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Steve Birks

Supermarine Spitfire Mk. II

The Mk. II went into service at the end of 1940. It differed primarily in the adoption of the Rolls Royce Merlin XII of 1,175 hp. Two main variants were produced, the Mk.IIa with eight machine guns and the Mk.IIb with four machine guns and two 20 mm cannons. The Mk.II's were definitely a transitional aircraft to more powerful forms.

A total of 920 Mk.II's were made. 750 Mk.IIa's and 170 Mk.IIb's
By the end of April 1941, all Spitfire squadrons had re-equipped with Mk II's
The 1,175 h.p. Merlin XII was adopted as the standard power plant in the Type 329 Spitfire II with a Rotol three-blade propeller and 73 lb. of amour protection but this variant was otherwise similar to the Spitfire I.
Deliveries commenced in 1940 the Spitfire II having followed the Mark I on the production lines and becoming the first major production variant to be delivered from Castle Bromwich.
In 1941 the Merlin 45 series of two-stage single-speed engines was adopted and the Type 349 Spitfire V so powered followed the Mark II into production and service.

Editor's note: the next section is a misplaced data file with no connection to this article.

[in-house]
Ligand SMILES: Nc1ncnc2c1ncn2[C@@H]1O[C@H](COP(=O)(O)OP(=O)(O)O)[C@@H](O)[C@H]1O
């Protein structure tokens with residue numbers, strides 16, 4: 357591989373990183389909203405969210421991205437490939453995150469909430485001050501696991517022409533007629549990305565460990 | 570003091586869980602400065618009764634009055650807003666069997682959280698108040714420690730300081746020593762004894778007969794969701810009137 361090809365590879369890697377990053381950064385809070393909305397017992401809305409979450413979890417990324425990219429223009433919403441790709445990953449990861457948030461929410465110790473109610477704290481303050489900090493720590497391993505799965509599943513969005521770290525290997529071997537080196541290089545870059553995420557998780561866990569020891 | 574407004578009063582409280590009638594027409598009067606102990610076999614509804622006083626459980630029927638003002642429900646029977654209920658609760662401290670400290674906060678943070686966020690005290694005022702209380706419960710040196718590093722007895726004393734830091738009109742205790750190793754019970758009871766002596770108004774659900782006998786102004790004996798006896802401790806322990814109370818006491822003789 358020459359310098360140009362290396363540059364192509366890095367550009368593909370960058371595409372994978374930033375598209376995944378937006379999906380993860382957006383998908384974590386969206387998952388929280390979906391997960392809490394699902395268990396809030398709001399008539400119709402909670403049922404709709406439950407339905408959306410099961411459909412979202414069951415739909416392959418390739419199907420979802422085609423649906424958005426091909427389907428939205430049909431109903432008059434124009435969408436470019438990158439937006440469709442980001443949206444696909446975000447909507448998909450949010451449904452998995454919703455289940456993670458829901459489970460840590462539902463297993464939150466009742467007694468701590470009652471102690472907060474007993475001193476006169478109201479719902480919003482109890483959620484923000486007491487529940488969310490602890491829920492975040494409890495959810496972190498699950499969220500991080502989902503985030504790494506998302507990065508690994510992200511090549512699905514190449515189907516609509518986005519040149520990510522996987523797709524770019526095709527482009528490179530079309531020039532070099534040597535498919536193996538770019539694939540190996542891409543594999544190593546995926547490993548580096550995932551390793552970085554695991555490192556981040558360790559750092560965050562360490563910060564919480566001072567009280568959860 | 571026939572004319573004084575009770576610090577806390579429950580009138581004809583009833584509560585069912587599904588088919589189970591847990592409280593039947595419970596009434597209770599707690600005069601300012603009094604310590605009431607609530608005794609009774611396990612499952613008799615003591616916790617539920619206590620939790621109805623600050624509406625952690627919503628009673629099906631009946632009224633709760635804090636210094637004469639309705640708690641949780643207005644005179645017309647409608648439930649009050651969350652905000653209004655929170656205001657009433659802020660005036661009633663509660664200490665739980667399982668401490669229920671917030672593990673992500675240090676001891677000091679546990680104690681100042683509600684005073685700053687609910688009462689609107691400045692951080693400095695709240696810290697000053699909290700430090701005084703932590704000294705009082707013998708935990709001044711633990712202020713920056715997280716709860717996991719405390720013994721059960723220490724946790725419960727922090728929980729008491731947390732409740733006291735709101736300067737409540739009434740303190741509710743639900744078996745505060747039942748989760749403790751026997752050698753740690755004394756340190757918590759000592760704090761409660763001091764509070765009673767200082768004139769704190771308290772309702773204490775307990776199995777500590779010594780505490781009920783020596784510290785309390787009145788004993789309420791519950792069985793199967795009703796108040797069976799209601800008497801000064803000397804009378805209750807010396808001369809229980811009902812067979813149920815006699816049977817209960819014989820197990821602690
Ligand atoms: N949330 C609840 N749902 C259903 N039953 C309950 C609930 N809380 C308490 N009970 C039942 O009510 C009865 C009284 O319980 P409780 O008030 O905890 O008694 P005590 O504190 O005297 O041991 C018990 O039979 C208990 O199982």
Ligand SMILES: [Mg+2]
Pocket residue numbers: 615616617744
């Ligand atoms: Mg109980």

This shot of a Mk II Spitfire shows the famous elliptical wing shape to great effect.

The Mk IIa Spitfire of the Battle of Britain Memorial Flight. This, the World's oldest flying Spitfire, entered service on 15 August 1940.

The Spitfire IIB was a modification of the Spitfire I with a more powerful engine and factory-installed armour plate. Some early Mk.IIs participated in the Battle of Britain but this version was used mainly in the initial offensive sweeps over Europe until superseded by the Mk.V. It is finished in its original presentation markings.

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